The source texts on the kitniyoth issue (The medieval custom of refraining from certain small, granular plant stuffs during the Passover holiday) are both abundant and readily accessible for anyone interested in researching the issue. I won’t be expounding on those sources or offering an opinion on them here.

No, today I’m more interested in pointing out the observable reality of the disagreement among Jews of Ashkenazic extraction on the issue of kitniyoth.

This is not an Ashkenazi/Sefaradi thing. This issue is confined almost entirely within the modern Ashkenazi world. And anyone with eyes to see can tell you that the battles may be raging, but the pro-kitniyoth people have already won the war.

Although they are still very much the minority, year by year the margin shrinks ever so slightly, especially in Israel. The modern miracle of a Jewish nation reconstituted on its own homeland has thrown long-separated communities together once again. These Jews intermarry, some of them question and eventually jettison longstanding exilic customs, and a new identity is slowly forged.

Where the parents are stiff-necked, the children or grandchildren often take initiative. Where the posqim are stubborn, the common folk take initiative and the poskim are eventually forced to follow. Right or wrong, for better or for worse, this is the reality on the ground.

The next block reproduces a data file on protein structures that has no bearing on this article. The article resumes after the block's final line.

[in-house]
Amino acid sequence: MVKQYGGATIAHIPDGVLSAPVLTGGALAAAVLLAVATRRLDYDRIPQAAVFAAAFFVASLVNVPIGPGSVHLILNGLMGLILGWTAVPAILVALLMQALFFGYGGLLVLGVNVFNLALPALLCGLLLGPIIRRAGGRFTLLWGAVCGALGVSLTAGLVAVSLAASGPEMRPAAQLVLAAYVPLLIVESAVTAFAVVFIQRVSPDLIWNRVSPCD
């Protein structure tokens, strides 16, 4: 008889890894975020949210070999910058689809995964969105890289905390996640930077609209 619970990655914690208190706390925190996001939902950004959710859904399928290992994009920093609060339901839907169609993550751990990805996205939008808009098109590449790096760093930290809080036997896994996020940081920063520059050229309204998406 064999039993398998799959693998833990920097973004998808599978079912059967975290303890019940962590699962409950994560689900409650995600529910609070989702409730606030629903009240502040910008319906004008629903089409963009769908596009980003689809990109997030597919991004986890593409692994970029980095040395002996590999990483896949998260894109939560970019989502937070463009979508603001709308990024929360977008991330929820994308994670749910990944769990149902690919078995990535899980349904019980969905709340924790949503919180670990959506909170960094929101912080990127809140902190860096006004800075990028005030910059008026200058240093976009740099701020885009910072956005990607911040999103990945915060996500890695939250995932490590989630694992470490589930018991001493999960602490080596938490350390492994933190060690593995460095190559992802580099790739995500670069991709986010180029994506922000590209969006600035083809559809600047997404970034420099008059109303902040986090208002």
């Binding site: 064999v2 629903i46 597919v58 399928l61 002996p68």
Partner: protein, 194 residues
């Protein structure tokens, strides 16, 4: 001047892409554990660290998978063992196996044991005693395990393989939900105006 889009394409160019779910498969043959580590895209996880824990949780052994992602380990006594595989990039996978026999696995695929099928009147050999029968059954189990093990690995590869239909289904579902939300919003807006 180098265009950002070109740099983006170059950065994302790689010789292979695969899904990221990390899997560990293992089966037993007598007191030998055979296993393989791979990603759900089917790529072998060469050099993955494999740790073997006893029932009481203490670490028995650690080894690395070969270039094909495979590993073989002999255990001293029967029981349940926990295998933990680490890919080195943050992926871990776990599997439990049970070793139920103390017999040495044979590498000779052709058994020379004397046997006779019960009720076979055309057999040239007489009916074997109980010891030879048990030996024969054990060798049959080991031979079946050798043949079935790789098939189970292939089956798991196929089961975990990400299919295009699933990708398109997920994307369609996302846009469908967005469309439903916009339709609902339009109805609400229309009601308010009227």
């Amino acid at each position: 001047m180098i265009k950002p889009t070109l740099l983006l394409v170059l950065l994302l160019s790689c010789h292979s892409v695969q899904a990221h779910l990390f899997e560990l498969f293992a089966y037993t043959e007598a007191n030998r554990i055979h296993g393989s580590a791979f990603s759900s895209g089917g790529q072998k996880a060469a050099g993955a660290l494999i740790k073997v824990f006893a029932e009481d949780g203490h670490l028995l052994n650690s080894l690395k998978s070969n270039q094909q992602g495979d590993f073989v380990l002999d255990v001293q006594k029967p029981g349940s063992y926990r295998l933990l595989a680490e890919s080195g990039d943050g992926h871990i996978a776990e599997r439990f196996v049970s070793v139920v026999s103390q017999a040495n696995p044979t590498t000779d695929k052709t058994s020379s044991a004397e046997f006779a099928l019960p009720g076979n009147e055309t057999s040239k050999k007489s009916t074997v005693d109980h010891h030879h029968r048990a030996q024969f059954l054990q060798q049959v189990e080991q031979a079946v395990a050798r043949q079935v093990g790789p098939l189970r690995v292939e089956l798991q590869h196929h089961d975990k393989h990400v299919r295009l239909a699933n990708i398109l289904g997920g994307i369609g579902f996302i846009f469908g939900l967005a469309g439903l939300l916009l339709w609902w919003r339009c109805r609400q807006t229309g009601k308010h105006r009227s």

In my own community, just over a decade ago, Ashkenazi kitniyoth eaters were almost unheard of. Those who consumed kitniyoth derivatives were also a small minority. Today, that is no longer the case. I know of non-kitniyoth parents that have lost all of their children to the “other side”.

White,_Brown,_Red_&_Wild_rice

The frustration which used to be heard mainly from the pro-kitniyoth crowd, is now increasingly heard from the non-legume consumers, many of whom now seem to feel harangued by a group of fence-breaking rabble rousers. Social media is awash with such discourse this time of year.

It’s just not as simple as it used to be. The issue has now crossed ethnic lines, opened a new front within the modern Ashkenazi world and for many, penetrated into the very heart of the immediate family unit.

My friends, the kitniyoth genie is out of the bottle and no one, but no one will put it back. The eventual death of this custom is a fait accompli. I wouldn’t bet on seeing the majority reversed in my lifetime, but eventually, most religious Ashkenazim in Israel will go back to what their Ashkenazi ancestors were doing before this whole thing started in France.

My advice for surviving the “kitniyot war” with minimal PTSD is to remember who WE are and be mindful of the difference between real war and foolish infighting over non-issues.

When missiles are falling, when we are burying our dead, no one is asking the guy/gal next to them about their position on kitniyoth. We’re a family and we are bound to one another by much more than what we do/don’t eat at any given time of the year. Respect your family and friends, respect how they choose to serve God, and most of all, don’t sweat the “small stuff”.

Hagh Pesah kasher w’sameah!